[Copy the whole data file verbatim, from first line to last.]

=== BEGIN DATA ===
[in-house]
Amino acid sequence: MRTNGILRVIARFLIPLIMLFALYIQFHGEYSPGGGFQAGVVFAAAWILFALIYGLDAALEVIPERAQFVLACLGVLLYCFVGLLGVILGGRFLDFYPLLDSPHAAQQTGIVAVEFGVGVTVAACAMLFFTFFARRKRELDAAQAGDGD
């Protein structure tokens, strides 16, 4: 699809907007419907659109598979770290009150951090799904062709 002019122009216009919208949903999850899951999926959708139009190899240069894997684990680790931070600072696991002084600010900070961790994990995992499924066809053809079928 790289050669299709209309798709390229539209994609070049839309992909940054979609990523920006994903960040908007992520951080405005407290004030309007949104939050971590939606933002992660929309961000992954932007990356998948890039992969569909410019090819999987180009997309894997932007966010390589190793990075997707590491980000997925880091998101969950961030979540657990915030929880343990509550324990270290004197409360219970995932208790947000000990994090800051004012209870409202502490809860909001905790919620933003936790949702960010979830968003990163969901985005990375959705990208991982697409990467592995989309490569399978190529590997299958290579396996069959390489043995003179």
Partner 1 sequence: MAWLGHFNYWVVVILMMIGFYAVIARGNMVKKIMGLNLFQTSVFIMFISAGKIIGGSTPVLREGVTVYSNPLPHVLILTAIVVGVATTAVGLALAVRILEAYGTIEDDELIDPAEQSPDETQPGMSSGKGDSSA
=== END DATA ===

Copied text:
[in-house]
Amino acid sequence: MRTNGILRVIARFLIPLIMLFALYIQFHGEYSPGGGFQAGVVFAAAWILFALIYGLDAALEVIPERAQFVLACLGVLLYCFVGLLGVILGGRFLDFYPLLDSPHAAQQTGIVAVEFGVGVTVAACAMLFFTFFARRKRELDAAQAGDGD
């Protein structure tokens, strides 16, 4: 699809907007419907659109598979770290009150951090799904062709 002019122009216009919208949903999850899951999926959708139009190899240069894997684990680790931070600072696991002084600010900070961790994990995992499924066809053809079928 790289050669299709209309798709390229539209994609070049839309992909940054979609990523920006994903960040908007992520951080405005407290004030309007949104939050971590939606933002992660929309961000992954932007990356998948890039992969569909410019090819999987180009997309894997932007966010390589190793990075997707590491980000997925880091998101969950961030979540657990915030929880343990509550324990270290004197409360219970995932208790947000000990994090800051004012209870409202502490809860909001905790919620933003936790949702960010979830968003990163969901985005990375959705990208991982697409990467592995989309490569399978190529590997299958290579396996069959390489043995003179």
Partner 1 sequence: MAWLGHFNYWVVVILMMIGFYAVIARGNMVKKIMGLNLFQTSVFIMFISAGKIIGGSTPVLREGVTVYSNPLPHVLILTAIVVGVATTAVGLALAVRILEAYGTIEDDELIDPAEQSPDETQPGMSSGKGDSSA